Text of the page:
The troubles were not without their compensations. It was not always gloomy. There was something to keep you busy-much to cheer you. The sociability of your companions; the freedom from worldly cares; the light amusements of the camps; the stories told round the camp fires; the many curious incidents necessarily occurring among so many men; and the foraging expeditions of which you heard, served to while away the time. Even the alarms and turning out of the guards and regiment by night as well as by day, and the duties which seemed hard, of cutting and carrying your own firewood, relieved the tendiousness and monotony of camp life.
Do you remember the good music? What a good band, and what a fine corps of drummers and fifers. How they could play and beat the tattoo and the reveille. Don’t you sometimes in the morning now hear the spirit-stirring roll of the drum and the whistle of the ear-pearcing fife, and awaken to the find that is but and awaken, and you hear perhaps only the morning call of the robin redbreast to his lovely mate.
You took delight in the martial band, but, aslas! When the players were becoming perfect in their parts, and most cheering in their performance, it was disbanded as useless and the only music thereafter for you was the shrill treble of the bullets and the deep bass of the cannon’s roar.
You will excuse me to-day if I pass over some incidents which might be proper for me at another time, and the recollection of which might serve to cheer you; but my heart is filled with so sad and recent a sorrow; so great the loss to me of one who had been a soldier better than myself; my bosom friend and dearly beloved brother, that I can only express the emotions of grief.
At first when you went out, you remember how the death of one your comrades affected you. He lost his life by accident. How tenderly we buried him with the honors of war. The whole regiment followed the little escort with muffled drums and reversed arms, and there were moistened eyes as the last volley was fired over the lonely grave.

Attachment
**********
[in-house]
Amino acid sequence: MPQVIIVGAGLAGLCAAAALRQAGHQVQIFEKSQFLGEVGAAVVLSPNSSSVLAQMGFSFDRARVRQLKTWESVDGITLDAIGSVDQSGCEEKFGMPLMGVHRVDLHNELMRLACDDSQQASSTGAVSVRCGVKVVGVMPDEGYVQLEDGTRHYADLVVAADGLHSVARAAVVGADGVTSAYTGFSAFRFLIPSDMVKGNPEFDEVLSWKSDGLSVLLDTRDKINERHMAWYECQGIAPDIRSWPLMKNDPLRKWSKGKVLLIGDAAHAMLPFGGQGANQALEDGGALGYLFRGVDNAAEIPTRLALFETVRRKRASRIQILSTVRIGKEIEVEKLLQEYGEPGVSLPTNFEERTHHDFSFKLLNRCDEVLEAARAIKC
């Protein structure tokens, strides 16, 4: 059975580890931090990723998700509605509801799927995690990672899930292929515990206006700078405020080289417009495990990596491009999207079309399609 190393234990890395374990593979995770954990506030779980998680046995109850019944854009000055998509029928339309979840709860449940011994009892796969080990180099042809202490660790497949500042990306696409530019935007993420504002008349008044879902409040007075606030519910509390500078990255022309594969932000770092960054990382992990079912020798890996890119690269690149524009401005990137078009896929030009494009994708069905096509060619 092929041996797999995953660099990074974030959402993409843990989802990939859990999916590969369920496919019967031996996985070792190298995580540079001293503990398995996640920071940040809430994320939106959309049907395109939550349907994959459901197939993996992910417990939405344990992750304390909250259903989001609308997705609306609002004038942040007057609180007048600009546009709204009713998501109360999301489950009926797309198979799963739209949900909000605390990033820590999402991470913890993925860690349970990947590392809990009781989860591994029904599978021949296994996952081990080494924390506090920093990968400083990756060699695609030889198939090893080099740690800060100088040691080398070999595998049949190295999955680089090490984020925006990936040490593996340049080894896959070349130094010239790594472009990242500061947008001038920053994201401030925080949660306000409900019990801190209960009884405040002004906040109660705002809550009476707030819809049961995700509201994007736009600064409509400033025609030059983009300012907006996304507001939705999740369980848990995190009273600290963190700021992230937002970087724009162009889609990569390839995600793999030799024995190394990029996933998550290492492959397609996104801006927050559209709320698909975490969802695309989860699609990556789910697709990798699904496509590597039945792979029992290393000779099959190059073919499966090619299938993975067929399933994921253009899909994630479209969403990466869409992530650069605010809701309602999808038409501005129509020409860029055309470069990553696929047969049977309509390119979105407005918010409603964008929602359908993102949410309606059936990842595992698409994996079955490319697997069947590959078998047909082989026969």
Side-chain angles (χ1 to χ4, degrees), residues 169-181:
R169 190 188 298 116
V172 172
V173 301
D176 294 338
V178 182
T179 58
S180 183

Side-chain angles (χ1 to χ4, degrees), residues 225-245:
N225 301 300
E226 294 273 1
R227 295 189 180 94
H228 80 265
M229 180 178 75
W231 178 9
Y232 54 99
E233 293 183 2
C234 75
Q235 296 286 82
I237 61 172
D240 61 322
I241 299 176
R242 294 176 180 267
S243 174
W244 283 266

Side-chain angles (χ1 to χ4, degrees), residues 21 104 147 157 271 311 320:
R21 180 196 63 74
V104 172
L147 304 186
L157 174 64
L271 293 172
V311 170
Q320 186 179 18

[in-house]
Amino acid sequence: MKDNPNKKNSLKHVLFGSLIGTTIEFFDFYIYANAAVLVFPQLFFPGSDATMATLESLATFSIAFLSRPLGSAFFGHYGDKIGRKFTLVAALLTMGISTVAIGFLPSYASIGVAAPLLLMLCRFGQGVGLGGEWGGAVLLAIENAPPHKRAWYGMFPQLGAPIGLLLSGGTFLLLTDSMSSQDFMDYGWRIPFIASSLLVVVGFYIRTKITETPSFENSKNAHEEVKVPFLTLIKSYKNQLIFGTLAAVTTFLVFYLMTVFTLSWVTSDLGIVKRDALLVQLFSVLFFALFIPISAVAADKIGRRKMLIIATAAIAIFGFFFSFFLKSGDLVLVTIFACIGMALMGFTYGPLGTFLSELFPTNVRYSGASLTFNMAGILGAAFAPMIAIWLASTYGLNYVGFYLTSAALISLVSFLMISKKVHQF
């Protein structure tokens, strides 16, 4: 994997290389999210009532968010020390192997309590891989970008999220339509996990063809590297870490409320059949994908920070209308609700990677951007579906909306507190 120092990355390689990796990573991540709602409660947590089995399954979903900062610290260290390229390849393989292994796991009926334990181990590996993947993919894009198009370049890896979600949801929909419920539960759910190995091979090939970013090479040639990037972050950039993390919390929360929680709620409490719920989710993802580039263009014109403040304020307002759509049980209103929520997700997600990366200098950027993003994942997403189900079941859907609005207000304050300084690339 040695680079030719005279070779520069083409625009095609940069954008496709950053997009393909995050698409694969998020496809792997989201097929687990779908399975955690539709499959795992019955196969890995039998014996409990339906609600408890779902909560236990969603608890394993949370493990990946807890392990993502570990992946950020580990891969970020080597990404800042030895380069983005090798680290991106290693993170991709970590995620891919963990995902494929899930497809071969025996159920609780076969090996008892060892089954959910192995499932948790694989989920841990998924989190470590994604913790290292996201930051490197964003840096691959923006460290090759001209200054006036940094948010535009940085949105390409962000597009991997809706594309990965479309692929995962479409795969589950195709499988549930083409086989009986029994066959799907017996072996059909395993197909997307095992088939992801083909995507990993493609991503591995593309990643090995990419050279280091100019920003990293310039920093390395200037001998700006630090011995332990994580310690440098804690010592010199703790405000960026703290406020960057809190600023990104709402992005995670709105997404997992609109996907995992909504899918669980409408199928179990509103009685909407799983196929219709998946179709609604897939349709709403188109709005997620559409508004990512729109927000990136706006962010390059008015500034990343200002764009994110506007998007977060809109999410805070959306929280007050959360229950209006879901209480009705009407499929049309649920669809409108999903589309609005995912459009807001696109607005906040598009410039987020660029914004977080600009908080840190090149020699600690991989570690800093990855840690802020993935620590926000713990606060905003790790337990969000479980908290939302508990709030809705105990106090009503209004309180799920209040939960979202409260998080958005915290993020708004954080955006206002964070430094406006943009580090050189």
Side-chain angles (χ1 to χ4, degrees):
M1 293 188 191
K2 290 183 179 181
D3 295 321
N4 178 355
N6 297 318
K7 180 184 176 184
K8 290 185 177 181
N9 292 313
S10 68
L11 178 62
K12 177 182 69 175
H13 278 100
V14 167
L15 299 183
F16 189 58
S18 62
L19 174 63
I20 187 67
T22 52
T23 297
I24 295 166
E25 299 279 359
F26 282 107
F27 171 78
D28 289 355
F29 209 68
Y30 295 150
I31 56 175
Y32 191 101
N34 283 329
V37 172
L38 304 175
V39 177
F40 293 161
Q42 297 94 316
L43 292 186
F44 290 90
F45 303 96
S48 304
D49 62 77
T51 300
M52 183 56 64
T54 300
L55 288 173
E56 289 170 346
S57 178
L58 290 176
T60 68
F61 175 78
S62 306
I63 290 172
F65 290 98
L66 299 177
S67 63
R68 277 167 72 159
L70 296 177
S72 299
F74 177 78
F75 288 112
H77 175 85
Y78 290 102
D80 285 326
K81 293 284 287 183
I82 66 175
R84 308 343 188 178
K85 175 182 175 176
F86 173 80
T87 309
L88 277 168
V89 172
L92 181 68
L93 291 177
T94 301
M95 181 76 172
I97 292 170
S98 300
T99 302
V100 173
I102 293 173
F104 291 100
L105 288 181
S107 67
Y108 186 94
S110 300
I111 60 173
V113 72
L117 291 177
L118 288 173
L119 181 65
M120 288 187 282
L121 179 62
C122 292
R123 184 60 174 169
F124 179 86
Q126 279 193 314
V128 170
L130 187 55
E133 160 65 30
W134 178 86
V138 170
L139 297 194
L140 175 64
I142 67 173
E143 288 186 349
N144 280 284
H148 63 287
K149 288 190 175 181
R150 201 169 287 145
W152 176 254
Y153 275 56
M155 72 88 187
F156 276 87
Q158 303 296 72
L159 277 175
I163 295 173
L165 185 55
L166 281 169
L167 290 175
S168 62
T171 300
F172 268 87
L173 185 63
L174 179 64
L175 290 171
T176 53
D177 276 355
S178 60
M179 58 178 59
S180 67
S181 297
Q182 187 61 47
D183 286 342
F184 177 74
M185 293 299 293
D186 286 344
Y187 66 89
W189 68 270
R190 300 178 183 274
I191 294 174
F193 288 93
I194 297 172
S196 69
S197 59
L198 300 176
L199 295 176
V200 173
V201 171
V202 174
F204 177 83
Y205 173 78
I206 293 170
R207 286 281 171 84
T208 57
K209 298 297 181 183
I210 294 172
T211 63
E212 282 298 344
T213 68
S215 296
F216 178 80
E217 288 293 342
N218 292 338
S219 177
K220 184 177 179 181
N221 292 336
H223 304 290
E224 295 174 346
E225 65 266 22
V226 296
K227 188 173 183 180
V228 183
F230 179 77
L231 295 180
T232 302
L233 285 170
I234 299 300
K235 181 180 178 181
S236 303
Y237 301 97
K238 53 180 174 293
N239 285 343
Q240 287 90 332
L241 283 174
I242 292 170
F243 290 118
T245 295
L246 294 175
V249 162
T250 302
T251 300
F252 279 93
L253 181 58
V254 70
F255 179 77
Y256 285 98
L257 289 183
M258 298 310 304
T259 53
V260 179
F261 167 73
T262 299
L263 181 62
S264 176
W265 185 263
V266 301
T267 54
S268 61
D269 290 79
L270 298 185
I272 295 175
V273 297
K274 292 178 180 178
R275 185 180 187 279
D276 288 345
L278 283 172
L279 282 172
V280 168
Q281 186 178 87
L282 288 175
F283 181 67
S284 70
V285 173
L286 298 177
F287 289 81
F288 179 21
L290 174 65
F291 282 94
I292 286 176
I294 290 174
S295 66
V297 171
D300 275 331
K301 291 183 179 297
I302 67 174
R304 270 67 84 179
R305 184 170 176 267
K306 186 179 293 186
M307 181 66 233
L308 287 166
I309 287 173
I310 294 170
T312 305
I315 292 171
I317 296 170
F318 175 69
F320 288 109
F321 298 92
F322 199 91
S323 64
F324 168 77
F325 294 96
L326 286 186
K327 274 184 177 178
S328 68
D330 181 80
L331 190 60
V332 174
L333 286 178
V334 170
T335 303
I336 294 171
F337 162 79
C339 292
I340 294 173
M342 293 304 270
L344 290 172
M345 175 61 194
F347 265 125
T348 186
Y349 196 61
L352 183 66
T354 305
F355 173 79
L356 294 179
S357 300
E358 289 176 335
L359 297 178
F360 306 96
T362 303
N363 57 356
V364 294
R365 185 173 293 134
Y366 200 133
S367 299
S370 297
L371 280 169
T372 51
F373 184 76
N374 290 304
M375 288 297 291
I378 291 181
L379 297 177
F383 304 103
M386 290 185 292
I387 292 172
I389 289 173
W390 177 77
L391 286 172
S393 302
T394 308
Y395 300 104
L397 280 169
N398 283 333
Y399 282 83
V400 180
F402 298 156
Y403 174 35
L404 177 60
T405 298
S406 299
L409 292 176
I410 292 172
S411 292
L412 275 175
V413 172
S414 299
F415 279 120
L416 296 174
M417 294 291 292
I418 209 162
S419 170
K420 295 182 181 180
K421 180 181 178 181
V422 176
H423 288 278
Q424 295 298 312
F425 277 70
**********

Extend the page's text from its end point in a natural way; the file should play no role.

Afterwards death was too busy with you to allow you to pay such respect to fallen comrades. As they began to drop off one by one in the hospitals, and afterwards by scores on the battle fields, all the respect you could pay was a quick sympathizing glance, and a tearful regret that the day was over. You had often to leave your comrades by strange and unfriendly hands,
As you rested at Camp Pierpont you remember the great soldiers that were around and close to you. There were McCall, Meade, Reynolds, Hancock, Ord, Jackson, and Bayard, like his namesake, the French chevalier of old “without fear and without reproach;” names afterward famous in history. Two fell heroically at Fredricksburg; another at Gettysburg; another afterward leading the army of the Potomac, now gone to his rest; two others now high in command in the regular army.
General M’Call, though getting old and feeble, yet how gallantly he maintained himself, and nursed the honor of the Reserves. He was keenly alive to any injustice done them. When Gen. McClellan after the Seven Day’s fight made his report to Washington, reflecting unintentionally perhaps, on the conduct of the Reserves at New Market, Gen. M’Call, at his own expense, published a review of those operations. In it I find the following from Gen. Meade. In a letter to Gen. M’Call, dated Warrenton, Va., Nov. 7, 1862, he said: